Self-assembly

Self-assembly is the process by which an organized structure spontaneously forms from individual components, as a result of specific, local interactions among the components. When the constitutive components are molecules, the process is termed molecular self-assembly.

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  • News and Views |

    In biological systems, order typically emerges from out-of-equilibrium molecular processes that control both static patterns and dynamic changes. Now, the self-regulating assembly and disassembly of a synthetic system has been achieved on the micrometre scale, by coupling the growth of a DNA nanotube to a biochemical oscillator.

    • Tim Liedl
    Nature Chemistry 11, 497-499
  • News and Views |

    The structure of self-assembled aggregates depends critically on the manner in which the building blocks organize themselves. Now, such a self-assembly process has been monitored in situ using liquid-phase transmission electron microscopy, unveiling a new pathway of vesicle formation.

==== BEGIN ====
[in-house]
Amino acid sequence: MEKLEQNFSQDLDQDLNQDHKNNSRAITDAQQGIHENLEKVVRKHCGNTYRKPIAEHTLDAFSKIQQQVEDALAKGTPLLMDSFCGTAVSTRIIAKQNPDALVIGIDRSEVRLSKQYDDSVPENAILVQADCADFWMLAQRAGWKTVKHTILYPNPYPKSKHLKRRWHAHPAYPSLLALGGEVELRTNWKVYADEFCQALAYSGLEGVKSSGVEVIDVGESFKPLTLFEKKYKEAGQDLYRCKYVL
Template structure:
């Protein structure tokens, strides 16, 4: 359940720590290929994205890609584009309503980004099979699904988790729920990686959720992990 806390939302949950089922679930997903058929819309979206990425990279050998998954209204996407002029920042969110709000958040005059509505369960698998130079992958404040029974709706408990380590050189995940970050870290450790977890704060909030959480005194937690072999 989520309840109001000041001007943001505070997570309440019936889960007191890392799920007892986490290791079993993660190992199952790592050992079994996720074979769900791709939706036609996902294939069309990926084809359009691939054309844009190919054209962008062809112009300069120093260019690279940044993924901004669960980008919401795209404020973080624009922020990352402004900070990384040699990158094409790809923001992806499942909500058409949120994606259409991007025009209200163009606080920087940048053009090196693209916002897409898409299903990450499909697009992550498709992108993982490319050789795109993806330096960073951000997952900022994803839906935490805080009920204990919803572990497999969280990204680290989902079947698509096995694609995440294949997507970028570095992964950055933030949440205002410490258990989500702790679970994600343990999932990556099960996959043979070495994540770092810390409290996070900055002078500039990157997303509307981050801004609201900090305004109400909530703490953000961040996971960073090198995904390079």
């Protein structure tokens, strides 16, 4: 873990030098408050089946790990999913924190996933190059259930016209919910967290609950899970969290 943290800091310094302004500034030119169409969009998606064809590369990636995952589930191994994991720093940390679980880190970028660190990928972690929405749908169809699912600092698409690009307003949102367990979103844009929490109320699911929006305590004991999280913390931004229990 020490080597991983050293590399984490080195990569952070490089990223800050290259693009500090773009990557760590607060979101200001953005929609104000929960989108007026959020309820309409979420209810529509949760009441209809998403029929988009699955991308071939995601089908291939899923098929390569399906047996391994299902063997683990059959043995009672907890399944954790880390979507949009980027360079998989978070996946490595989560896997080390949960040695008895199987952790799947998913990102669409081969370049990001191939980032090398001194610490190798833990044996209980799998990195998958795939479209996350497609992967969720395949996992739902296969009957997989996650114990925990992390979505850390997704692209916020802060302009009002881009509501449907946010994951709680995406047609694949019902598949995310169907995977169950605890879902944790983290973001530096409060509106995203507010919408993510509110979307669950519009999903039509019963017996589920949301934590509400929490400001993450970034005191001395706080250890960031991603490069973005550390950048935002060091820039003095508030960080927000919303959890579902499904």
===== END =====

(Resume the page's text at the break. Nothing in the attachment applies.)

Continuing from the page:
• Arash Nikoubashman
    •  & Friederike Schmid
    Nature Chemistry 11, 298-300
  • Research Highlights |

    New experiments on swarms of Caenorhabditis elegans reveal that the worm can form a dynamical network that can be understood using active matter physics, and controlled using genetic manipulation.

    • Zoe Budrikis
  • News and Views |

    Knots have been rigorously studied since the 1860s, but only in the past 30 years have they been made in the laboratory in molecular form. Now, the most complex small-molecule examples so far — a composite knot and an isomeric link, each with nine crossings — have been prepared.

    • Edward E. Fenlon
    Nature Chemistry 10, 1078-1079
  • News and Views |

    A phase-separated state is observed with single-stranded DNA composed of ‘polymeric’ blocks and exploited to programme the assembly of micrometre-sized all-DNA colloidal particles.

    • Chad A. Mirkin
    •  & Sarah Hurst Petrosko
    Nature Nanotechnology 13, 624-625